Content on this page requires a newer version of Adobe Flash Player.

Get Adobe Flash player

One of the last Tuskegee Airmen Lt. Col. Williams passes

Two days before Independence Day, on July 2, Lt. Col. Eldridge Williams died at his Kendall area home near The Falls at age 97. His companion of 17 years, Rosa White, was by his side.

“He made great choices in life,” White said. “This was a man who entered this world under adverse circumstances and encountered numerous others, nevertheless made decisions and choices that resulted in a level of success for himself and a record of providing assistance to others.”

Indeed, after serving during World War II — after Congress passed an act in 1941 to compel the U.S. Army Air Corps to train blacks at the Tuskegee Institute in Alabama — Williams once again served his country during the 1948 Berlin Airlift and again in the Korean War.

“He was the embodiment of patriotism, and like his fellow Tuskegee Airmen, he faced great odds during World War II but completed his mission with a dignity and distinction that is befitting the veterans of the Greatest Generation,” Miami-Dade Aviation Director Emilio T. González said in a statement.


Born in Washington County, Texas, on Nov. 2, 1917, Williams moved to Richmond Heights, a community in South Miami-Dade established for black serviceman returning from World War II, in 1949. He retired from military service in 1963. He would then reshape his adopted community in Miami.

Williams taught physical education at Richmond Heights Middle School. Fitness and education, he decided early in life, would be means to a better future. Within two years, he was promoted to administrator, tasked with integrating Dade County public schools. He retired in 1985.

Mentoring children became his life’s passion, according to White.

“He really talked about it a lot,” she said. “He was always concerned about children and the dropout situation. He wanted to see to it that the school system had some programs for these kids who dropped out of schools. That was his big thing.”

But Williams’ role as one of the Tuskegee Airmen eventually brought him overdue acclaim. President George W. Bush presented Williams and the other living airmen the Congressional Gold Medal, the nation’s highest civilian honor, inside the Capitol Rotunda in 2007.

“The Tuskegee Airmen helped win a war, and you helped change our nation,” Bush told the honorees.

Two years later, Williams was among the airmen who received a special invitation to attend President Barack Obama’s inauguration.

“At the time of the draft, I was a senior in college,” Williams recalled before a group of Miami school children in 2009 while being honored by the Homestead/Florida City Human Relations Board. He told the kids of earning his degree in education from Xavier University in New Orleans in 1941 before joining the military. “All around, there are signs that say blacks and whites. In spite of the difficulties, you still carried out your job.”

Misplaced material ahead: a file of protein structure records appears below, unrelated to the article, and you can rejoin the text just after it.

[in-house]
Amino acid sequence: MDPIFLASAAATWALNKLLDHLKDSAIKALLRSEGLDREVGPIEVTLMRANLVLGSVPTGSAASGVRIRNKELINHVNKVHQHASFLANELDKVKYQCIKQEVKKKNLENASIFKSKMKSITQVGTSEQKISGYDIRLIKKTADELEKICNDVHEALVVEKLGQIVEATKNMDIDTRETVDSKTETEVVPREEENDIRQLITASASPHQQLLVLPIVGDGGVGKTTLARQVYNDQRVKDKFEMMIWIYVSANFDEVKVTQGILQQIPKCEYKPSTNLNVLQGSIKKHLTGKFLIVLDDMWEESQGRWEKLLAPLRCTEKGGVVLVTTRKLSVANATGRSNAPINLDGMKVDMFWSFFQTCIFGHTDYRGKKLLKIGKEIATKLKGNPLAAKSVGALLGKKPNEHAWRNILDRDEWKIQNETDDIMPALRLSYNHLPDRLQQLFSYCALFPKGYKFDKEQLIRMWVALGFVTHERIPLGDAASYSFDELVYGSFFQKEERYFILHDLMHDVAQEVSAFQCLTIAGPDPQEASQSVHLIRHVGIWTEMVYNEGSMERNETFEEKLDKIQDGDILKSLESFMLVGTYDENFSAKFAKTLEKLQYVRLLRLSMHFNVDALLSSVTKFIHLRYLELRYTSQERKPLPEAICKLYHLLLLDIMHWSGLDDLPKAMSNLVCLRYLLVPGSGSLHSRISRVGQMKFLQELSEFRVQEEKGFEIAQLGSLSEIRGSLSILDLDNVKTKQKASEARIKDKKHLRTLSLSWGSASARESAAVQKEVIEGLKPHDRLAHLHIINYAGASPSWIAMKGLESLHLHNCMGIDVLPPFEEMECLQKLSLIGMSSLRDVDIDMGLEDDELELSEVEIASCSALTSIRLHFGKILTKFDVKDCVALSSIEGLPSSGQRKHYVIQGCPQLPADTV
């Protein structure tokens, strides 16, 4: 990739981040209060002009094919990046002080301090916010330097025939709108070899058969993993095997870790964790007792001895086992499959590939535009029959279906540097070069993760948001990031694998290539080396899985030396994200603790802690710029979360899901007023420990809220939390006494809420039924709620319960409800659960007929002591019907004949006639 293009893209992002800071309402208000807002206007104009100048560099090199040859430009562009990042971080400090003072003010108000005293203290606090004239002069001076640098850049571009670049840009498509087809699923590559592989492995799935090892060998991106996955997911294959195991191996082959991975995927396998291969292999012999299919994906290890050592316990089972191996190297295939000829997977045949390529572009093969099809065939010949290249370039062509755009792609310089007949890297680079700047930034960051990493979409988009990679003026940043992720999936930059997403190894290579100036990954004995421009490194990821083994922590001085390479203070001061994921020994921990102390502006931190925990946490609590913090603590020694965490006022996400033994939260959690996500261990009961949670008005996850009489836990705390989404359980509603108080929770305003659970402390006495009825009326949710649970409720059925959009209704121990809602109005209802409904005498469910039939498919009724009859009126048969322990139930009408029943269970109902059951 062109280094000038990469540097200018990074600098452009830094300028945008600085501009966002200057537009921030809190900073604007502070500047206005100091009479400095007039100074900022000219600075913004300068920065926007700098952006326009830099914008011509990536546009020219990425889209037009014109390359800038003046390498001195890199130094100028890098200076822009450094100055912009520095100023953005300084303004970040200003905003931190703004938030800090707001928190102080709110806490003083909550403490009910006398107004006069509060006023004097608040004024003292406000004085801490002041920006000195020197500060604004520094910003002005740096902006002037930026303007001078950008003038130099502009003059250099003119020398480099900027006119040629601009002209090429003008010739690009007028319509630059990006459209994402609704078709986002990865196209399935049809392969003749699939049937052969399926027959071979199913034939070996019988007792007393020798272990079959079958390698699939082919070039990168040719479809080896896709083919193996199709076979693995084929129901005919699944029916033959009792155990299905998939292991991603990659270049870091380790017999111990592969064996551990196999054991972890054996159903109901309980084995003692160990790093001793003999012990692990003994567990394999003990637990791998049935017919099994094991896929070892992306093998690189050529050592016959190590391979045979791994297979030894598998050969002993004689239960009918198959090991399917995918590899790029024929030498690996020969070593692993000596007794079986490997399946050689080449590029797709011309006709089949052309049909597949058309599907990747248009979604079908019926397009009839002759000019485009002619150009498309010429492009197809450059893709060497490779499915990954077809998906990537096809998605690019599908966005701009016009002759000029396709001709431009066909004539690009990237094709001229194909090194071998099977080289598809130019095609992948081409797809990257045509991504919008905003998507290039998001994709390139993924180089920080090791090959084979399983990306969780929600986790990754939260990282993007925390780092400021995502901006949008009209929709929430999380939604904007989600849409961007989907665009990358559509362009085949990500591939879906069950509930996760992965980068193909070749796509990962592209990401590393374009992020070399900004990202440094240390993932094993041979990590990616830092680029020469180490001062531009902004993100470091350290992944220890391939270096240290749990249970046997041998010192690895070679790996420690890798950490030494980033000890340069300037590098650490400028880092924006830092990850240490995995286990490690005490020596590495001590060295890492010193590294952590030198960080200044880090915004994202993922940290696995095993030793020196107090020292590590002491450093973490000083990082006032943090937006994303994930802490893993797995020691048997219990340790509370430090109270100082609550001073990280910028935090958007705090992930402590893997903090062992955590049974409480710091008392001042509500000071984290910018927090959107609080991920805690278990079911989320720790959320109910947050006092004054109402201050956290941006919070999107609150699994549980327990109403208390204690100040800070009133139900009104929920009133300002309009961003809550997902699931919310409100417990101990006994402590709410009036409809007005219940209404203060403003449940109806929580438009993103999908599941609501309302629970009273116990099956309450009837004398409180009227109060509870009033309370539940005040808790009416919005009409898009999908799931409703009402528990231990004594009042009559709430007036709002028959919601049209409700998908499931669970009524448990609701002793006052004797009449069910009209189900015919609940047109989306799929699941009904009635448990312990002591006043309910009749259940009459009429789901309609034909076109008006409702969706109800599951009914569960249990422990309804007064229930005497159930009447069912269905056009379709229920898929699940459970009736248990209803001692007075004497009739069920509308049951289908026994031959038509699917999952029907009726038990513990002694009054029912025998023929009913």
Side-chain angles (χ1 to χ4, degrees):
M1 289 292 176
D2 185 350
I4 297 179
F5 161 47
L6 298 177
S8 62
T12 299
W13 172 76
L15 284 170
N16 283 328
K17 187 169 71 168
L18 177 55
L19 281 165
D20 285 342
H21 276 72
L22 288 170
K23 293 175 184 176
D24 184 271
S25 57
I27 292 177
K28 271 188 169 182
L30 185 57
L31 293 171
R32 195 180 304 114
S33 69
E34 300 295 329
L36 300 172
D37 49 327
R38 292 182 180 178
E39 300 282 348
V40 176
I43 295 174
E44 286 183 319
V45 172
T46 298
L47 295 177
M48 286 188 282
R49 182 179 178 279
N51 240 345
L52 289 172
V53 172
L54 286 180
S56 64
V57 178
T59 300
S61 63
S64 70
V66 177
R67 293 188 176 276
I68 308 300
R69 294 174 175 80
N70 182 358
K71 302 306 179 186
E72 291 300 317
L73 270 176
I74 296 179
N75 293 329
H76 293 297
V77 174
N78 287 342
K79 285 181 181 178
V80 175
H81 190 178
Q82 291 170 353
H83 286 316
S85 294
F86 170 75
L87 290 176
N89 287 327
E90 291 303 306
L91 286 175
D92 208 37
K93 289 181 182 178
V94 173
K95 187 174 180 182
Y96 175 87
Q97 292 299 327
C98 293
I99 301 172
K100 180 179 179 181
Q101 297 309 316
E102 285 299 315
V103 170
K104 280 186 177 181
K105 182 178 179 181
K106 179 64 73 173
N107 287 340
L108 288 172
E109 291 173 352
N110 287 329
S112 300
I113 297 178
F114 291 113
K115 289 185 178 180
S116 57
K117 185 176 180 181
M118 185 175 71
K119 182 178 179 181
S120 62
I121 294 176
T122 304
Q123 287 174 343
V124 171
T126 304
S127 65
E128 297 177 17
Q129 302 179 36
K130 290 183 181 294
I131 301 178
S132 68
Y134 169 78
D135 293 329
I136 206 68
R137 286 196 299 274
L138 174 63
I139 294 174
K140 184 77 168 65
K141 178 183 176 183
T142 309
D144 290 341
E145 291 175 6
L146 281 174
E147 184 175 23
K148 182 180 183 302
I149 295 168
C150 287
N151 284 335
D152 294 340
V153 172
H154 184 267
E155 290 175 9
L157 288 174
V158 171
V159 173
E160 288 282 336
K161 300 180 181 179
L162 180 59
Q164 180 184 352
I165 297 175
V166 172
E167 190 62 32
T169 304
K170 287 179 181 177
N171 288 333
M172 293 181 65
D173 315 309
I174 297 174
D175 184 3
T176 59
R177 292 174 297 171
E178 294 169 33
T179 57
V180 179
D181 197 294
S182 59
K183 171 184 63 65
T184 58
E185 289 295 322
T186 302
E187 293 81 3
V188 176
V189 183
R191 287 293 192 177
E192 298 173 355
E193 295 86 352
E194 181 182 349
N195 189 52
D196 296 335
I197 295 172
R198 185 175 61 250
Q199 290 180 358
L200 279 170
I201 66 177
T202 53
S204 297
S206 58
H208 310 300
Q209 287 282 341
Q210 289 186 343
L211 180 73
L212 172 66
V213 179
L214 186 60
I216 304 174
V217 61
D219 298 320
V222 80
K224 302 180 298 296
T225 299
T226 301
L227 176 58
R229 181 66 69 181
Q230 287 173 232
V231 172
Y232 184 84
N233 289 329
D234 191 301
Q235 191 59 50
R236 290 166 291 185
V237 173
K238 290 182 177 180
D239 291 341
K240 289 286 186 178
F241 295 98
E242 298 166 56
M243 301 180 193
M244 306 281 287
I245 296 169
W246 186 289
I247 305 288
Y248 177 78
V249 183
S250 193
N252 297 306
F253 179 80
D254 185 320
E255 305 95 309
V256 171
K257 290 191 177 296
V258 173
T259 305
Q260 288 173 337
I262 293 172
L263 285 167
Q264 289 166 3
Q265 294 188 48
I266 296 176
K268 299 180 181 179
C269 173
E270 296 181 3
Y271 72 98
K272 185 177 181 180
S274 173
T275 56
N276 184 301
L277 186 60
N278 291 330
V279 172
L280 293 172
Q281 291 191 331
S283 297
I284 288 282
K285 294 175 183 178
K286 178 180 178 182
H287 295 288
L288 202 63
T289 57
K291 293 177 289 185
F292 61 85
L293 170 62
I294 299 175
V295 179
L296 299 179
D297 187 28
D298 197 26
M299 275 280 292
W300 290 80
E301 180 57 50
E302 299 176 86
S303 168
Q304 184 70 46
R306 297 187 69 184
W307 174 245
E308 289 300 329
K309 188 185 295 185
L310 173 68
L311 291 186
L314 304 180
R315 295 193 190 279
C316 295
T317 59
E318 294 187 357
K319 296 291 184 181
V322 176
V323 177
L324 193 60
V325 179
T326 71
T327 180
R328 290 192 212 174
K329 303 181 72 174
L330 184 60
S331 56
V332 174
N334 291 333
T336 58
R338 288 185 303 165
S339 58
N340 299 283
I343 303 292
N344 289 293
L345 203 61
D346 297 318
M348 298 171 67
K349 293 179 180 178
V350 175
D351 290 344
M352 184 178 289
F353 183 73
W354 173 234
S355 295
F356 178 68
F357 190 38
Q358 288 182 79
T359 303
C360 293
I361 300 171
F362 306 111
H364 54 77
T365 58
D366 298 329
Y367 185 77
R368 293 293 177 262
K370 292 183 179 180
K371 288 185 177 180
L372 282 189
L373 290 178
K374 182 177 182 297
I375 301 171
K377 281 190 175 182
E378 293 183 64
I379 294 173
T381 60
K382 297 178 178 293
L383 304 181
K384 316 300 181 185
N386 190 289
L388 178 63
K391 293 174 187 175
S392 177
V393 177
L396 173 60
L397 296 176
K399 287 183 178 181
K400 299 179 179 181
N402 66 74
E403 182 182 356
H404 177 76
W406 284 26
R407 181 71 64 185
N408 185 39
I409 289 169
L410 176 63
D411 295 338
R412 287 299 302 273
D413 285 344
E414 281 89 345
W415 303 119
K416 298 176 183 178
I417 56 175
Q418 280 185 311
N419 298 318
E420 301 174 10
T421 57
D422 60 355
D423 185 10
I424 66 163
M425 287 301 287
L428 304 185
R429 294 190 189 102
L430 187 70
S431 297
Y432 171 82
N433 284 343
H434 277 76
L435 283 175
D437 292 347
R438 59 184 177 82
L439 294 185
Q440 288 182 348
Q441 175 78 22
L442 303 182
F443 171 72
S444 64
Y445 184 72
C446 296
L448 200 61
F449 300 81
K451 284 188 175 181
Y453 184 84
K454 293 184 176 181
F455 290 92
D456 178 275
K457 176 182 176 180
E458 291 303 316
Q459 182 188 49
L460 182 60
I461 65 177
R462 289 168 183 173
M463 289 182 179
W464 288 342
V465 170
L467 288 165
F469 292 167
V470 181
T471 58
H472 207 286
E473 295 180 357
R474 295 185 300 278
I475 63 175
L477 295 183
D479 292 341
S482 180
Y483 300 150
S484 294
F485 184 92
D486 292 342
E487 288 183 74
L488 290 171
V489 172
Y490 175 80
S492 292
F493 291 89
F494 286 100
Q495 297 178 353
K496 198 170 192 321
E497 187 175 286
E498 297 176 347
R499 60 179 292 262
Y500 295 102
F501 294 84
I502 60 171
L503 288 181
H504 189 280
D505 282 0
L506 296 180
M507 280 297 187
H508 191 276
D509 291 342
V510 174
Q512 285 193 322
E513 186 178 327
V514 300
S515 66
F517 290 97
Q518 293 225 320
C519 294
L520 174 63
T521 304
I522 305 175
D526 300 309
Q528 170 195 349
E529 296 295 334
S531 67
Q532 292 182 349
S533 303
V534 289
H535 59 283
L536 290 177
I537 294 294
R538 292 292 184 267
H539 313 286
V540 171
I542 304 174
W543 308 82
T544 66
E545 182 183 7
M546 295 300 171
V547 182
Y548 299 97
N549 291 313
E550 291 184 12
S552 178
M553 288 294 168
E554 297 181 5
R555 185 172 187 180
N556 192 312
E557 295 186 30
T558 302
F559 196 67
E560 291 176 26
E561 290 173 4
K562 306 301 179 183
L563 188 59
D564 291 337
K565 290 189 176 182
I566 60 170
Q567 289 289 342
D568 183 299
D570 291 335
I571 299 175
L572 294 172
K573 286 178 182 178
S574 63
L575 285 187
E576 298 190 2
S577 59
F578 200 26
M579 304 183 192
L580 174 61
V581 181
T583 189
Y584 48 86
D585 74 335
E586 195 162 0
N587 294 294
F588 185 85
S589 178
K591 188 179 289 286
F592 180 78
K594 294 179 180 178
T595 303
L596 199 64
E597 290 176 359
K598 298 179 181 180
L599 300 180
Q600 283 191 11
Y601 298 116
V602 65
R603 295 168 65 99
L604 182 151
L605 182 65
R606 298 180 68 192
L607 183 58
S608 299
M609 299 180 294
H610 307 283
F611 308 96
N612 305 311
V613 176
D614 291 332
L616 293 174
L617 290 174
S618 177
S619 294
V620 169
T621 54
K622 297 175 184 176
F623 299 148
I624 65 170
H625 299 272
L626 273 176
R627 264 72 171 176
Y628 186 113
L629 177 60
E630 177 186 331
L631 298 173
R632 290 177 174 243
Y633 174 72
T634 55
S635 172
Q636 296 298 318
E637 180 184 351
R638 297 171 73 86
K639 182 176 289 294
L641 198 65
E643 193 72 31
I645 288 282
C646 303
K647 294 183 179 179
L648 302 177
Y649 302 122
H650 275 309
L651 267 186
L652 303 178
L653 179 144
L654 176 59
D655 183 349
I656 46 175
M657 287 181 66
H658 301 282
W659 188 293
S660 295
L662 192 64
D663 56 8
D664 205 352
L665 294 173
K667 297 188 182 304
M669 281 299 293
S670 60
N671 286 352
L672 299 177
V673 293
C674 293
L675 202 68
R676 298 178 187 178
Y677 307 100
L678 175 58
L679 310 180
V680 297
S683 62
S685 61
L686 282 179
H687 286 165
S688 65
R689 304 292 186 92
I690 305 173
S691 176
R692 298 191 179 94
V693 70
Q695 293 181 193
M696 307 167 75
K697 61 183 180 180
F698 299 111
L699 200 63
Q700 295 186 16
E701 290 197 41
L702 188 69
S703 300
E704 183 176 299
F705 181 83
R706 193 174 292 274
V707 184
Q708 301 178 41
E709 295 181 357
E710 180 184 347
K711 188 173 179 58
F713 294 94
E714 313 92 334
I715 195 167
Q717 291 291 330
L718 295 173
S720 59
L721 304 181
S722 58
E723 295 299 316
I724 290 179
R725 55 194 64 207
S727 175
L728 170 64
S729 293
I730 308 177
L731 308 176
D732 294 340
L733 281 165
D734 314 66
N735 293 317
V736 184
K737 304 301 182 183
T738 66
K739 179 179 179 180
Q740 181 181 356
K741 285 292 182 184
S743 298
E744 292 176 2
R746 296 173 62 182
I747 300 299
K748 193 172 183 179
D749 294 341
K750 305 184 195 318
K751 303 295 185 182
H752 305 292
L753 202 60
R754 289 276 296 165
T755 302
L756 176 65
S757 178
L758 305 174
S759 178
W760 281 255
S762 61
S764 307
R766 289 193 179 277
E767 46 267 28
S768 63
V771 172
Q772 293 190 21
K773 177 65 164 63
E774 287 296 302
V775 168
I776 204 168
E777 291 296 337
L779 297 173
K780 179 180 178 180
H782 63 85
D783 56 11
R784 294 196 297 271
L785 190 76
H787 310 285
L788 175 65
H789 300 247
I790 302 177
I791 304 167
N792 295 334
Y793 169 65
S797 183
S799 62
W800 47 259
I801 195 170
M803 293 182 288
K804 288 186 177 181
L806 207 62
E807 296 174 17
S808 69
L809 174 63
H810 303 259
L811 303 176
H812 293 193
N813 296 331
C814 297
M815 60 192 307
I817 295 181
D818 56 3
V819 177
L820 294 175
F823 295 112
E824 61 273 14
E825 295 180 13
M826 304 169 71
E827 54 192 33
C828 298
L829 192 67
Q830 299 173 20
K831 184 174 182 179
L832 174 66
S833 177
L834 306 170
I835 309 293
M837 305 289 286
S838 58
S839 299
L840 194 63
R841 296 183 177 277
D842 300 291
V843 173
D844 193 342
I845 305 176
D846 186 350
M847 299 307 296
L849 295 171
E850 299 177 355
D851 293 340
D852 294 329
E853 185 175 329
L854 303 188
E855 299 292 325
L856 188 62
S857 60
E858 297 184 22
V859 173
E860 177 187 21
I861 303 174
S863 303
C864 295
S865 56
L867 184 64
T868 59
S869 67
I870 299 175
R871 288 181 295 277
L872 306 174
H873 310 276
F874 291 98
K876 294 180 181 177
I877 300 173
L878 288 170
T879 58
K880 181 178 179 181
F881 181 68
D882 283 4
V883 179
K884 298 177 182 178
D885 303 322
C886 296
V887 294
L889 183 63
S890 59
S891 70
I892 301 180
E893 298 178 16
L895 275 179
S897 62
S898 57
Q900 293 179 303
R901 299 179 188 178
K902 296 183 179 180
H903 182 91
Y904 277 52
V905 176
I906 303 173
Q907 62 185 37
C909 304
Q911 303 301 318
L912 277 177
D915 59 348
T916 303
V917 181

Williams was first commissioned as Second Lieutenant on Miami Beach in 1942. At Officer Candidate School on the Beach, his classmate was Hollywood screen legend Clark Gable. Williams wasn’t afforded the respect a white actor would enjoy in that era. On graduation day, families rushed the stage to pin the U.S. flag on the graduates’ beige jackets.

But in Miami Beach, in 1942, blacks were not welcomed. Without fanfare, Williams calmly placed his jacket on the sand, squatted before it, and quietly pinned the flag on his jacket.

He was assigned to the Tuskegee Institute, where an army doctor grounded him, citing “poor eyesight.”

Call it just another one of the “oddball things” that happened as he was “trying to get [my] wings” in a segregated country, Williams recalled in a 2011 Miami Herald feature.

As a captain, Williams trained Tuskegee Airmen who flew overseas to escort bomber planes across Europe. No bomber plane would be shot down while under Tuskegee Airmen protection. Though he didn’t make it overseas — “I wanted to go because if you are on the team, you want to play,” he once said — he flew at the Tuskegee Institute and served as a flight instructor until the end of World War II.

“For years, I thought what else could I have done to change the course of events,” Williams pondered in a 2011 Herald feature. “The laws at the time just did not allow for much to happen. But when you look up at an airplane in the sky, you can’t tell if a pilot is black or white.”

In addition to White, Williams is survived by his daughter Catherine. Services are pending, and Williams will be interred at Arlington Cemetery. In lieu of flowers, donations can be sent to the Miami Tuskegee Airmen, P.O. Box 172072, Hialeah, Fl. 33017.

More Articles